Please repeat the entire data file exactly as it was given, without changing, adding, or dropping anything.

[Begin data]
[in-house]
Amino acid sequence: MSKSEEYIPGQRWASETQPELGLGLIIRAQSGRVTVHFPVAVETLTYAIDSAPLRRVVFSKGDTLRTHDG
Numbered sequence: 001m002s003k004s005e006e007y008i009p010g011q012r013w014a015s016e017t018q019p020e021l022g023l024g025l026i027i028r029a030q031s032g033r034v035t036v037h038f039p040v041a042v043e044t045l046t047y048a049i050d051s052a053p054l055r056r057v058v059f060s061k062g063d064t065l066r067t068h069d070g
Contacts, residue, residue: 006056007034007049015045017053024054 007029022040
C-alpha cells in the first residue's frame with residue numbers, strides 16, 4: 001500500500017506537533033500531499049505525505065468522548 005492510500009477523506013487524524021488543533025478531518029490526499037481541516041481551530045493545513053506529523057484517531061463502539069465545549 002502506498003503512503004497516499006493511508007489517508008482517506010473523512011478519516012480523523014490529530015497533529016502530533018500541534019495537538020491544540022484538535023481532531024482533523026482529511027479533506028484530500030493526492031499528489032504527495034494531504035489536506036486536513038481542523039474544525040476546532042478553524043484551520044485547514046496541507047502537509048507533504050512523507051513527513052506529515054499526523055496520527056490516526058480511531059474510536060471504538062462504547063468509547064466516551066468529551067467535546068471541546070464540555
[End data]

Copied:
[in-house]
Amino acid sequence: MSKSEEYIPGQRWASETQPELGLGLIIRAQSGRVTVHFPVAVETLTYAIDSAPLRRVVFSKGDTLRTHDG
Numbered sequence: 001m002s003k004s005e006e007y008i009p010g011q012r013w014a015s016e017t018q019p020e021l022g023l024g025l026i027i028r029a030q031s032g033r034v035t036v037h038f039p040v041a042v043e044t045l046t047y048a049i050d051s052a053p054l055r056r057v058v059f060s061k062g063d064t065l066r067t068h069d070g
Contacts, residue, residue: 006056007034007049015045017053024054 007029022040
C-alpha cells in the first residue's frame with residue numbers, strides 16, 4: 001500500500017506537533033500531499049505525505065468522548 005492510500009477523506013487524524021488543533025478531518029490526499037481541516041481551530045493545513053506529523057484517531061463502539069465545549 002502506498003503512503004497516499006493511508007489517508008482517506010473523512011478519516012480523523014490529530015497533529016502530533018500541534019495537538020491544540022484538535023481532531024482533523026482529511027479533506028484530500030493526492031499528489032504527495034494531504035489536506036486536513038481542523039474544525040476546532042478553524043484551520044485547514046496541507047502537509048507533504050512523507051513527513052506529515054499526523055496520527056490516526058480511531059474510536060471504538062462504547063468509547064466516551066468529551067467535546068471541546070464540555